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Strategies for New College Graduates to Build Wealth

New college graduates carry a much heavier student loan debt than their parents; their life milestones (a home, a wedding, retirement) cost much more; and, they often don’t have the same built-in savings cushions (COLAs, traditional pension plans).

  • College tuition has more than doubled since the 1980s.
    • Total student loan debt as of 2020 was $1.56 Trillion in the US, 3x more than in 2010.
    • Of the 44.7 million with student loan debts, 2.8 million students owe upwards of $100,000.
  • New college graduates buying their first home today will pay significantly more than their parents who bought their first home in the 1980s.
    • In May 2021, median home prices across the U.S. rose to a record $374,400, a steep 18.1% increase from a year ago. In Rhode Island as of June 2021, the median home price is even higher at $385,000, a rise of 19.4% year over year.
    • On average, current graduates will need to save approximately 6.5 years’ worth of their total annual pay to afford a down payment on a home.
  • The old adage was $1 million in savings was the retirement goal.
    • Even that may not be sufficient.
    • $1,000,000 in 40 years has the same spending power as around $302,000 today.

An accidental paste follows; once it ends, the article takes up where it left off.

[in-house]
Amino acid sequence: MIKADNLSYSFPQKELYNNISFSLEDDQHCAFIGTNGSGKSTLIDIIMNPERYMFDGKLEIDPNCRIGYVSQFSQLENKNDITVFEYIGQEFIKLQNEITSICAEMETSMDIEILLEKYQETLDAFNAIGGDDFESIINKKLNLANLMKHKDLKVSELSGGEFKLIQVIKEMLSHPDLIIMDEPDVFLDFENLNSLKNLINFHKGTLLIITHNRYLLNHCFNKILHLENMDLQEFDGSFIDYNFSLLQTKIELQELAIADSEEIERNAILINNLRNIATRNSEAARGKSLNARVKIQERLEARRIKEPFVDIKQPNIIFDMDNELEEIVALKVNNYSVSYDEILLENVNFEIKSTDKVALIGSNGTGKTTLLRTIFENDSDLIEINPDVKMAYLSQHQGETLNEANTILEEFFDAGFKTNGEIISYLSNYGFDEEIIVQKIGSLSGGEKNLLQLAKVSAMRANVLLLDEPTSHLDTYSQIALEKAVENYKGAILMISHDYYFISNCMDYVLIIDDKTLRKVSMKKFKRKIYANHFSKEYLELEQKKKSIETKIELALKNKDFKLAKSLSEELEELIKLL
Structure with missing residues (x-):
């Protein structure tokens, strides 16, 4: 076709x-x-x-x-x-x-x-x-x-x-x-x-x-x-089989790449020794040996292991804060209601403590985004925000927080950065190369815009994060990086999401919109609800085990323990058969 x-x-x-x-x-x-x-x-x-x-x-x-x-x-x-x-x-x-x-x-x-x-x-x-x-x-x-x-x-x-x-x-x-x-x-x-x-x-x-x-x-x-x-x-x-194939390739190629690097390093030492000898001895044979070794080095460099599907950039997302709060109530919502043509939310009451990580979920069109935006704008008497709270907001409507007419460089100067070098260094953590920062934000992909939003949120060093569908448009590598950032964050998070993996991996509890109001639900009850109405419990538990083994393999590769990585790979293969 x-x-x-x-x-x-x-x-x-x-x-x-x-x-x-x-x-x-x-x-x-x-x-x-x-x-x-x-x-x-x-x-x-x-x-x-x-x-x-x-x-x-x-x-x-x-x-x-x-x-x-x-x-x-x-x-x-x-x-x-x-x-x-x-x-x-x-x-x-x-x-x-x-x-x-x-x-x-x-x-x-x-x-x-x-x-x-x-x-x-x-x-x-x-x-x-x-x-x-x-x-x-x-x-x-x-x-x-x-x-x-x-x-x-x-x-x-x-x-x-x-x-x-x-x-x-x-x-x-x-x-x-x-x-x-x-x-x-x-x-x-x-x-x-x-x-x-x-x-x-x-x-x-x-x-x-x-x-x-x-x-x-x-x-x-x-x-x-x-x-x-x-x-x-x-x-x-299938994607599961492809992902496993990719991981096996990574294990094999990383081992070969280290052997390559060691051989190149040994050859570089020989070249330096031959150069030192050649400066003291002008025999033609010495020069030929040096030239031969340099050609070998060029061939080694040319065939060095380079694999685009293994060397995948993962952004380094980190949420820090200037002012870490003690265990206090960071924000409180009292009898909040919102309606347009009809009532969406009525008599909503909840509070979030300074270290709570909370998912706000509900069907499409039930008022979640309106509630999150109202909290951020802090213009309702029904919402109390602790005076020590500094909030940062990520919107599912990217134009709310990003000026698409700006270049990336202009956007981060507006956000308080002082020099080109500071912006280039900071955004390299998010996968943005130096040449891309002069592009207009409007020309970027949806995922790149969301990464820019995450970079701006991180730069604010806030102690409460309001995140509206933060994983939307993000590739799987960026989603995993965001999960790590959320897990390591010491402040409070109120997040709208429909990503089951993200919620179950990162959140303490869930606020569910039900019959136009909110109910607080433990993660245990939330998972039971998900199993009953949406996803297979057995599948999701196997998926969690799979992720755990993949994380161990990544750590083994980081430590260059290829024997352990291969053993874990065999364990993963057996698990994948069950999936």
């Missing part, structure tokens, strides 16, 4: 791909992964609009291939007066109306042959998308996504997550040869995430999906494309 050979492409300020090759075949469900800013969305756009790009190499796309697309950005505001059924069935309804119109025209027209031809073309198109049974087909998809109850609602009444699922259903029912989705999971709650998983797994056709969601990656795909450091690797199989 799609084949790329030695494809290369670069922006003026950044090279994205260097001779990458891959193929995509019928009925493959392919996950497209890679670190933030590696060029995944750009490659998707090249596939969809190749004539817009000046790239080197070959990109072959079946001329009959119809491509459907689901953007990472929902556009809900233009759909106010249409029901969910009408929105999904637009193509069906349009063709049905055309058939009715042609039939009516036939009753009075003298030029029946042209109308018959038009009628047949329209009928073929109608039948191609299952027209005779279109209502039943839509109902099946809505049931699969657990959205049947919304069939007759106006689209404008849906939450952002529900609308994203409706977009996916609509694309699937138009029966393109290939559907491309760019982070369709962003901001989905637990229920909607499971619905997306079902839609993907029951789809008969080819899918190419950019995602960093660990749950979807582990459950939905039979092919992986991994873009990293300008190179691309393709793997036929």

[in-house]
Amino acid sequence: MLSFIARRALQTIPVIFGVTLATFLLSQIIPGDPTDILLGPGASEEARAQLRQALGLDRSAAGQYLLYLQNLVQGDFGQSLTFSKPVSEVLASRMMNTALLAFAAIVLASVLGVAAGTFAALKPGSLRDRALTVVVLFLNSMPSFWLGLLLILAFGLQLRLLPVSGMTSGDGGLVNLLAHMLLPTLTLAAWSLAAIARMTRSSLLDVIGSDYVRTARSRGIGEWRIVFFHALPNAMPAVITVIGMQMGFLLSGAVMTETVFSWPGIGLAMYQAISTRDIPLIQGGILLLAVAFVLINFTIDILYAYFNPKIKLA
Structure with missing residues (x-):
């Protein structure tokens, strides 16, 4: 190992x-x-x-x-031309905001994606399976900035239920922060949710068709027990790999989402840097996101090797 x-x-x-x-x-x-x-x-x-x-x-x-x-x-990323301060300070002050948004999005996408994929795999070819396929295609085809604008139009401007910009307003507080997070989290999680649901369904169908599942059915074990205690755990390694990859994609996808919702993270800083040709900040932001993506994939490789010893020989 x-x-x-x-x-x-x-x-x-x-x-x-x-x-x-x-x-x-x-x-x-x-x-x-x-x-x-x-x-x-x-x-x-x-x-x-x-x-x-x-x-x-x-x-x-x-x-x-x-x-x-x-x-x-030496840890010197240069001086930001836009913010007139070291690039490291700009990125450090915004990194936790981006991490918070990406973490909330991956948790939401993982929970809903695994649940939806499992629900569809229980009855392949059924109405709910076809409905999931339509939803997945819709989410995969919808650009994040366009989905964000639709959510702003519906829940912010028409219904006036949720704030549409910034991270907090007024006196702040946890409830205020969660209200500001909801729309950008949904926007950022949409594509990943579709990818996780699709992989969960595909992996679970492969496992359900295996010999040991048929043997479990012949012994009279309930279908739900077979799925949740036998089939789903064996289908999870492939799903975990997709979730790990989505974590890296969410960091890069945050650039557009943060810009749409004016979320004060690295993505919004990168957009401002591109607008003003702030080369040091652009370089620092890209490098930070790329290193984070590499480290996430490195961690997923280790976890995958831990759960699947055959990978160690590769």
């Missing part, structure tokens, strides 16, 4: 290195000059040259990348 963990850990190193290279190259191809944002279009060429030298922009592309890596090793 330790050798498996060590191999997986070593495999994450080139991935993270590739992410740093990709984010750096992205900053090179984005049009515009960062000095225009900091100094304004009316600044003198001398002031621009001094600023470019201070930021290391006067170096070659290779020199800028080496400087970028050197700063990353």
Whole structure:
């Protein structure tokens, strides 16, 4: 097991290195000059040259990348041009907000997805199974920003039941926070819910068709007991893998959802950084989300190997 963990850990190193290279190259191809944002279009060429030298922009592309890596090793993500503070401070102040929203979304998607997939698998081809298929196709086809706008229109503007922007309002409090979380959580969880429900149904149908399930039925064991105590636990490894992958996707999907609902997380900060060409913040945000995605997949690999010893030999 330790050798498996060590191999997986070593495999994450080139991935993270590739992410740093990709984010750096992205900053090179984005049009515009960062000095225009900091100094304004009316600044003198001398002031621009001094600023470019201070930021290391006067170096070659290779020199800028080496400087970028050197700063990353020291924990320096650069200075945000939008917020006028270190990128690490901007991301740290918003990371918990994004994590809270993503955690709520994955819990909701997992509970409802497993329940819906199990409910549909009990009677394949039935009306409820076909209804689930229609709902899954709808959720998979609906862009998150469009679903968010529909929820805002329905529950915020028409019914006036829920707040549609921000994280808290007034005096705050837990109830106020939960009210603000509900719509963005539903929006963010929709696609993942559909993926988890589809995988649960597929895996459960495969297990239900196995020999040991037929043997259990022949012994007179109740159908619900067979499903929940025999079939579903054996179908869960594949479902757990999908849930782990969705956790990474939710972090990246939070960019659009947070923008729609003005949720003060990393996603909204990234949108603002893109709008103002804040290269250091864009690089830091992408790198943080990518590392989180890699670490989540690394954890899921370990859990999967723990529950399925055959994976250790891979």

As a result, wealth accumulation should be a focus as early as possible to allow for the compounding “time value of money”.

How can new graduates build wealth? Here are a few easy steps…

  • Put Together a Financial Plan Understand your income and expenses. Identify your short-term and long-term goals to manage finances, so you can attain them. Knowledge is power!
  • Create and Follow a Realistic Budget – Only 50% of Americans under age 22 use a budget. Young adults on their own for the first time may cringe at the idea that they must limit their spending, but your budget can become a way to ensure that money is spent on the priorities that are defined in your Financial Plan. Following a budget helps build a healthy credit history, leads to stronger credit scores, aids with approval (and better interest rates) for car and home loans, and, ideally, translates into wealth accumulation over time. There are many free resources out there, including apps and online tools, to assist with creating a budget.
  • Start Saving for Retirement Now – Expenses, such as student loan payments or saving for a down payment on a house, can make it hard to prioritize saving for a retirement that is decades away. However, putting off saving for the future is one of the biggest mistakes you can make, because of the power of tax-free growth and compounding. Think of saving for retirement as paying yourself first. Take advantage of opportunities offered through your employer: many employers will match 401(k) contributions, which is essentially free money. Plus, if you have access to a Roth 401(k) plan, this can be an impactful investment over time. Regular 401(k) contributions are pre-tax, but are taxed at the ordinary income rate (whatever that rate may be) when distributions are made in the future. Your Roth 401(k) contributions are made after-tax, but earnings grow tax-free and retirement distributions can be taken out and used in retirement tax-free! This can be a crucial benefit in the future, including tax-diversifying your overall retirement savings.

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